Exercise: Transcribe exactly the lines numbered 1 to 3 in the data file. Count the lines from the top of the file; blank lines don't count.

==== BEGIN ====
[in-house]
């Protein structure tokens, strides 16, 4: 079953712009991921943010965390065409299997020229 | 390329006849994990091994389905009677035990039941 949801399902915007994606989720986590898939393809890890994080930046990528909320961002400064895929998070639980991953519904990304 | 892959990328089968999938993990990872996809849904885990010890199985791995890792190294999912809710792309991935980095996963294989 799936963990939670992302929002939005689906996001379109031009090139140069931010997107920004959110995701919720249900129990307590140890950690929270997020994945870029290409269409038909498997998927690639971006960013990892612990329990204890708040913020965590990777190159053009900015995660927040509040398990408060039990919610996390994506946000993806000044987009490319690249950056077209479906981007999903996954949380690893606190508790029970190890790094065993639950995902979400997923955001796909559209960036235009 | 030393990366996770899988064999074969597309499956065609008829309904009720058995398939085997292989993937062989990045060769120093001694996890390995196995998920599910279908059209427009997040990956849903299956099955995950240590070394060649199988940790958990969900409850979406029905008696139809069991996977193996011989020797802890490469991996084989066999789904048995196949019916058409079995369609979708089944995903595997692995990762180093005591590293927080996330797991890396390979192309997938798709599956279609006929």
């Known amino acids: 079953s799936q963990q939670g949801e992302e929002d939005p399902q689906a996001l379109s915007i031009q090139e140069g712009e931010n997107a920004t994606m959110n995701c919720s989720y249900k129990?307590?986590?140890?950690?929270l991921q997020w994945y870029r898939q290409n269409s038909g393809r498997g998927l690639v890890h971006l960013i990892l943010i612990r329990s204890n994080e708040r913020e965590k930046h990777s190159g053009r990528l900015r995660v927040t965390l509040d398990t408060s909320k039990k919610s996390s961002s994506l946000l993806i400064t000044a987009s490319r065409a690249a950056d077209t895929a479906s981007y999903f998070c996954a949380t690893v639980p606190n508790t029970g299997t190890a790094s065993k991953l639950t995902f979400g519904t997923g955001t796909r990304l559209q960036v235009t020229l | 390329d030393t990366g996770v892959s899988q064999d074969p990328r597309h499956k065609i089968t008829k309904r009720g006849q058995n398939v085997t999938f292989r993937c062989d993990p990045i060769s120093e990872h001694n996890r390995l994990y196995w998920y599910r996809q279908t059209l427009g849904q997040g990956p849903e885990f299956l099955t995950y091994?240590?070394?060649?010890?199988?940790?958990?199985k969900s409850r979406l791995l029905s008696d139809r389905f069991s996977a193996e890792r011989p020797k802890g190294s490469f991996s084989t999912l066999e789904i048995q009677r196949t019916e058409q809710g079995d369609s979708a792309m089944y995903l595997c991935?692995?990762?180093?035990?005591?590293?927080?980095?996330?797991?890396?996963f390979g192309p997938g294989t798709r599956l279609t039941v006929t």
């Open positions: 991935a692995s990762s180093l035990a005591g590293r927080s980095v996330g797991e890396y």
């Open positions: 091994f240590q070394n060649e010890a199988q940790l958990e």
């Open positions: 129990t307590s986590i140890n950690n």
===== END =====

[in-house]
């Protein structure tokens, strides 16, 4: 079953712009991921943010965390065409299997020229 | 390329006849994990091994389905009677035990039941 949801399902915007994606989720986590898939393809890890994080930046990528909320961002400064895929998070639980991953519904990304 | 892959990328089968999938993990990872996809849904885990010890199985791995890792190294999912809710792309991935980095996963294989 799936963990939670992302929002939005689906996001379109031009090139140069931010997107920004959110995701919720249900129990307590140890950690929270997020994945870029290409269409038909498997998927690639971006960013990892612990329990204890708040913020965590990777190159053009900015995660927040509040398990408060039990919610996390994506946000993806000044987009490319690249950056077209479906981007999903996954949380690893606190508790029970190890790094065993639950995902979400997923955001796909559209960036235009 | 030393990366996770899988064999074969597309499956065609008829309904009720058995398939085997292989993937062989990045060769120093001694996890390995196995998920599910279908059209427009997040990956849903299956099955995950240590070394060649199988940790958990969900409850979406029905008696139809069991996977193996011989020797802890490469991996084989066999789904048995196949019916058409079995369609979708089944995903595997692995990762180093005591590293927080996330797991890396390979192309997938798709599956279609006929």
């Known amino acids: 079953s799936q963990q939670g949801e992302e929002d939005p399902q689906a996001l379109s915007i031009q090139e140069g712009e931010n997107a920004t994606m959110n995701c919720s989720y249900k129990?307590?986590?140890?950690?929270l991921q997020w994945y870029r898939q290409n269409s038909g393809r498997g998927l690639v890890h971006l960013i990892l943010i612990r329990s204890n994080e708040r913020e965590k930046h990777s190159g053009r990528l900015r995660v927040t965390l509040d398990t408060s909320k039990k919610s996390s961002s994506l946000l993806i400064t000044a987009s490319r065409a690249a950056d077209t895929a479906s981007y999903f998070c996954a949380t690893v639980p606190n508790t029970g299997t190890a790094s065993k991953l639950t995902f979400g519904t997923g955001t796909r990304l559209q960036v235009t020229l | 390329d030393t990366g996770v892959s899988q064999d074969p990328r597309h499956k065609i089968t008829k309904r009720g006849q058995n398939v085997t999938f292989r993937c062989d993990p990045i060769s120093e990872h001694n996890r390995l994990y196995w998920y599910r996809q279908t059209l427009g849904q997040g990956p849903e885990f299956l099955t995950y091994?240590?070394?060649?010890?199988?940790?958990?199985k969900s409850r979406l791995l029905s008696d139809r389905f069991s996977a193996e890792r011989p020797k802890g190294s490469f991996s084989t999912l066999e789904i048995q009677r196949t019916e058409q809710g079995d369609s979708a792309m089944y995903l595997c991935?692995?990762?180093?035990?005591?590293?927080?980095?996330?797991?890396?996963f390979g192309p997938g294989t798709r599956l279609t039941v006929t």